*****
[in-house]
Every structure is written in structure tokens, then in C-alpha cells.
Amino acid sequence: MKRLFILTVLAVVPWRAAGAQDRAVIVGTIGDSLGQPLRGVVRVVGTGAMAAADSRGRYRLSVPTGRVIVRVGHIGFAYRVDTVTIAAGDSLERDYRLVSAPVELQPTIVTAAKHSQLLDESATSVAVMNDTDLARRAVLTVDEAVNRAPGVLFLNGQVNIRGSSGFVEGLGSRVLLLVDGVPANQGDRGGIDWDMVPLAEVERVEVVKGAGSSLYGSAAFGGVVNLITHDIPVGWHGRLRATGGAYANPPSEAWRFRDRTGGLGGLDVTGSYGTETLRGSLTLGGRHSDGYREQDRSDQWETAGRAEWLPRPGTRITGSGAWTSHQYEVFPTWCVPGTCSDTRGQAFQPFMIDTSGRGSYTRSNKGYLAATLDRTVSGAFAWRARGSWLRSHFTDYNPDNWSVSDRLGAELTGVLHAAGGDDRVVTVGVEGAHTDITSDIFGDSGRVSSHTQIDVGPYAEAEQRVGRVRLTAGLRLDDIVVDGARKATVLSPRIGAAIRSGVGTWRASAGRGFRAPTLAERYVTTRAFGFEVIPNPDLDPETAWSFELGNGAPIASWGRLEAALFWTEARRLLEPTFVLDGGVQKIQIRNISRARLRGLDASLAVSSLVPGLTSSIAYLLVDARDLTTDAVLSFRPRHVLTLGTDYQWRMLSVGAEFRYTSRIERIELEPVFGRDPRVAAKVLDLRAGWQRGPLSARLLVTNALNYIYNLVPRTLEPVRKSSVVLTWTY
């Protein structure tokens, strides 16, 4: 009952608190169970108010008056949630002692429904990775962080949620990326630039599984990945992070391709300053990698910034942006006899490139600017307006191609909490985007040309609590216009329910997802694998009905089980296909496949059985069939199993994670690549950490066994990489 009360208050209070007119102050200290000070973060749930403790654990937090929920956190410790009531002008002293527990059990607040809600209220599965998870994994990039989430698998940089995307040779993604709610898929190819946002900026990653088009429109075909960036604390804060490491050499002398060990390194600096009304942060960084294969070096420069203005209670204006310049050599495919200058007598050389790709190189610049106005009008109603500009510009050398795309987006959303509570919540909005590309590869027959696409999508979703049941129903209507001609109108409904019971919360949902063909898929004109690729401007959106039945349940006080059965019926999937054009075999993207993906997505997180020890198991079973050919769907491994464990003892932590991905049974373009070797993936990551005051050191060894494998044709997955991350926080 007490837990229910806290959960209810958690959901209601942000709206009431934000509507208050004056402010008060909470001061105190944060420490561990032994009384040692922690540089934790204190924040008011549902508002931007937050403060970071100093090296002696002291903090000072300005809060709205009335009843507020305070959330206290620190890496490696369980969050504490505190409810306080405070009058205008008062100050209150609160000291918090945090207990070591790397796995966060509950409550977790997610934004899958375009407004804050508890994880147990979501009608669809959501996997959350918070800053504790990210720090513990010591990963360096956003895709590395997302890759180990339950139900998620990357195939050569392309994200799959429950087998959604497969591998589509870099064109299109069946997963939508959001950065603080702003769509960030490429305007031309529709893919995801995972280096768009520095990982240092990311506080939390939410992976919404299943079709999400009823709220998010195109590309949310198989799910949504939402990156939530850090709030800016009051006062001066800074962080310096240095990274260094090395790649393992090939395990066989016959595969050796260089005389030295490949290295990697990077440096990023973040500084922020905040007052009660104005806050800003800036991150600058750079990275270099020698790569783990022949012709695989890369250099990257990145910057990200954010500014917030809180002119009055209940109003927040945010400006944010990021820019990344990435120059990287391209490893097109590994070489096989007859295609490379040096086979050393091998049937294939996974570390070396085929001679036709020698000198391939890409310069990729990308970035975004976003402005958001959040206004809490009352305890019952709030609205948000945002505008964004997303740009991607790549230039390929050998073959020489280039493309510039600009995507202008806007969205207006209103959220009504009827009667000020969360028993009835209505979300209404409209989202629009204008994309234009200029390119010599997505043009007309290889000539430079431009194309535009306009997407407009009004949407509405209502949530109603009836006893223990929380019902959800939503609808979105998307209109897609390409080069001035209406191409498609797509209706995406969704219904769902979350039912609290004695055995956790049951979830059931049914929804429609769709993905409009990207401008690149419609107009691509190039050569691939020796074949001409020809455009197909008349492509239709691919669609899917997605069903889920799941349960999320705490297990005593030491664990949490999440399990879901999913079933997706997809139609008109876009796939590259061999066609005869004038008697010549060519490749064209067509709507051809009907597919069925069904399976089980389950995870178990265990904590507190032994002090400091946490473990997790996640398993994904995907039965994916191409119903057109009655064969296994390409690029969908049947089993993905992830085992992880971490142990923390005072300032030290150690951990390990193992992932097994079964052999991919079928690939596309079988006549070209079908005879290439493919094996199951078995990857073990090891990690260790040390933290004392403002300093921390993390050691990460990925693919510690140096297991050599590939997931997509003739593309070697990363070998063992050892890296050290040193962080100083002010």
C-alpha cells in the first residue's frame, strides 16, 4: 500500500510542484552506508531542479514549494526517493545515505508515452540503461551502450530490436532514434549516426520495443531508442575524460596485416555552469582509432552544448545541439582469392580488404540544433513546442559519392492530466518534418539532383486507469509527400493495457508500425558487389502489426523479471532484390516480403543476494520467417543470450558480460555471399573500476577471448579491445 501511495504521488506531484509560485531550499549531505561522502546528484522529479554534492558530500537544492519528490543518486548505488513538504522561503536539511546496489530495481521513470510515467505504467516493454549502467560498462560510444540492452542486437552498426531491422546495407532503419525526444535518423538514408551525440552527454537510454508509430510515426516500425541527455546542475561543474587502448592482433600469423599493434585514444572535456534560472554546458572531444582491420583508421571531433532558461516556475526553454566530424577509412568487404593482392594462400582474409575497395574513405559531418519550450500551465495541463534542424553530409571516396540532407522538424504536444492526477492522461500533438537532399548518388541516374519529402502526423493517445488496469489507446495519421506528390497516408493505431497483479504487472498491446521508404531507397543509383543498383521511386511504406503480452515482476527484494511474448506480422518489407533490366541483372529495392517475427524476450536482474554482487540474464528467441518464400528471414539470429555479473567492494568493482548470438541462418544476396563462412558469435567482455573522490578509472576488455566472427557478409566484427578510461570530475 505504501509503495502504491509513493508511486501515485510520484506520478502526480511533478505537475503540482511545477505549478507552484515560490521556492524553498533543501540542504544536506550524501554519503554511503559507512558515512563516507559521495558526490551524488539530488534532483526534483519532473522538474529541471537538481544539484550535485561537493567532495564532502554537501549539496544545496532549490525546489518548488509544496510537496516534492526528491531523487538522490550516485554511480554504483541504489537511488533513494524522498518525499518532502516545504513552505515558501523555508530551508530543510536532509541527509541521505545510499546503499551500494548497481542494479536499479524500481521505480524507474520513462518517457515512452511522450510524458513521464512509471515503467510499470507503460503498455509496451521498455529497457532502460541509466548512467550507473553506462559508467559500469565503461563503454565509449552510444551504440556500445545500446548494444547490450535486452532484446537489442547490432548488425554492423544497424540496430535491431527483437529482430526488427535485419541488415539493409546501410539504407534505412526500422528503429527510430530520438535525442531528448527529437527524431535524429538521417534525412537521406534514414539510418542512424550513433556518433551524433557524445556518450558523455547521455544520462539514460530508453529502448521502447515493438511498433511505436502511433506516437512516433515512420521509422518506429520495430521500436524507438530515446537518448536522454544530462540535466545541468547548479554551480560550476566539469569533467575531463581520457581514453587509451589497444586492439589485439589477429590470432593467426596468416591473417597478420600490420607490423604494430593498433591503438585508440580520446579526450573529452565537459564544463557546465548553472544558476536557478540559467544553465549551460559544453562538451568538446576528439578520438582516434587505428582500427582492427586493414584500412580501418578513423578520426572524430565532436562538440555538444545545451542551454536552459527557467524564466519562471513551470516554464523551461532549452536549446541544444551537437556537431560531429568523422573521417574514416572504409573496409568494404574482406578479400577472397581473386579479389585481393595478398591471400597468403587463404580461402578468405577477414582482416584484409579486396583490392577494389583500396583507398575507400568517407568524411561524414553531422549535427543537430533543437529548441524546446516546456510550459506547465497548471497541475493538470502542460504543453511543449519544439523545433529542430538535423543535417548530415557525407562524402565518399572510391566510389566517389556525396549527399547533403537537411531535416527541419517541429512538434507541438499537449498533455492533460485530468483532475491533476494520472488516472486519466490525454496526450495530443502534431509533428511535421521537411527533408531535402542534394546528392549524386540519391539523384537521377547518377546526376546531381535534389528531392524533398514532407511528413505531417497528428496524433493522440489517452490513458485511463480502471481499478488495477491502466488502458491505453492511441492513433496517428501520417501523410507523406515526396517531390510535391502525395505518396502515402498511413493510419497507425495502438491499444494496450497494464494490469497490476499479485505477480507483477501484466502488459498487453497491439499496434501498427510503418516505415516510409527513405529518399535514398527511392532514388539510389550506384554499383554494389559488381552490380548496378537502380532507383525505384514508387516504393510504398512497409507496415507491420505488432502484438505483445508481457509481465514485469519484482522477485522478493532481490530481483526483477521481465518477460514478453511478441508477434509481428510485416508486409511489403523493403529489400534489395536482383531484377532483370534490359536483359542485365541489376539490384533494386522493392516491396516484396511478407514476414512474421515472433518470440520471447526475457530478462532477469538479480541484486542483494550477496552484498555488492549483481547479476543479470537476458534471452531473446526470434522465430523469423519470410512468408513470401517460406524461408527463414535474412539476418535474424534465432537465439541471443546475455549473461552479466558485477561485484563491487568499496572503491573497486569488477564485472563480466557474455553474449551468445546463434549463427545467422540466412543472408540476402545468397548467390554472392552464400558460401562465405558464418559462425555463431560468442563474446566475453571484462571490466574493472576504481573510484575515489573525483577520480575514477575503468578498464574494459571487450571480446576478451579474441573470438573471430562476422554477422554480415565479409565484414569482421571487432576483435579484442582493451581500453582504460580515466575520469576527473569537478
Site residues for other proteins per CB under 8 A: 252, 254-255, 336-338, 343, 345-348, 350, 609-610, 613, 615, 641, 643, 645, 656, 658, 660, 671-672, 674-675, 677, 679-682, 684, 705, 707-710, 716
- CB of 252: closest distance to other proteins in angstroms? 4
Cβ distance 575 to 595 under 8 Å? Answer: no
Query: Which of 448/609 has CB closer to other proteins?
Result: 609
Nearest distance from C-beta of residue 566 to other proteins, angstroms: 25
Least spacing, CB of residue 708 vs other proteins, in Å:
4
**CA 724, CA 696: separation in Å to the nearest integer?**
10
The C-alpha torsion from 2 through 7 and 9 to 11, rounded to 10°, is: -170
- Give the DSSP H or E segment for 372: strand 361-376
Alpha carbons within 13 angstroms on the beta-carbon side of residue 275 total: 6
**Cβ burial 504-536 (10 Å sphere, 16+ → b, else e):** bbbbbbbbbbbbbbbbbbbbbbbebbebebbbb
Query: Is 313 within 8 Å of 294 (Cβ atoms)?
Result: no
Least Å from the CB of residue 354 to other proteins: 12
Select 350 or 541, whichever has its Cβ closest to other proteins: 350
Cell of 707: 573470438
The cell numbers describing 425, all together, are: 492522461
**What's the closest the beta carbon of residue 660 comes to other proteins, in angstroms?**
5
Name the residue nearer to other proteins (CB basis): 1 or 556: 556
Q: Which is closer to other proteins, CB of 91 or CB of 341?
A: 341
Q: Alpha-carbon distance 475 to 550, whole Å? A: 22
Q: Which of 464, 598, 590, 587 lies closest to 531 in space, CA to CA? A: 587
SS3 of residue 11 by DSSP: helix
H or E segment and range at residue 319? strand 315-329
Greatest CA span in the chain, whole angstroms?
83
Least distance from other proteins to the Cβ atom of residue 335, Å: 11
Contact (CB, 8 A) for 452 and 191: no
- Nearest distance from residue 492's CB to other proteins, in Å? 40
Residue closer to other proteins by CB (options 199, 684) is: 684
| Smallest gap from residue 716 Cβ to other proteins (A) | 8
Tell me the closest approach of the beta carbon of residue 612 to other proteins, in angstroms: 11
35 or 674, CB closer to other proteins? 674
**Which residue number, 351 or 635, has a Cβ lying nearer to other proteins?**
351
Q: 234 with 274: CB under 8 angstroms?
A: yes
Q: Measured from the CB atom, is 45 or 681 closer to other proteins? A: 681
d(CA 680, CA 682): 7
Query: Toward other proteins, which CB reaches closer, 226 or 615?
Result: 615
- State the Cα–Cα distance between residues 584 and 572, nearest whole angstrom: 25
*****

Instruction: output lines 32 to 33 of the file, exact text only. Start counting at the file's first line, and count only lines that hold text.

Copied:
Q: Which of 464, 598, 590, 587 lies closest to 531 in space, CA to CA? A: 587
SS3 of residue 11 by DSSP: helix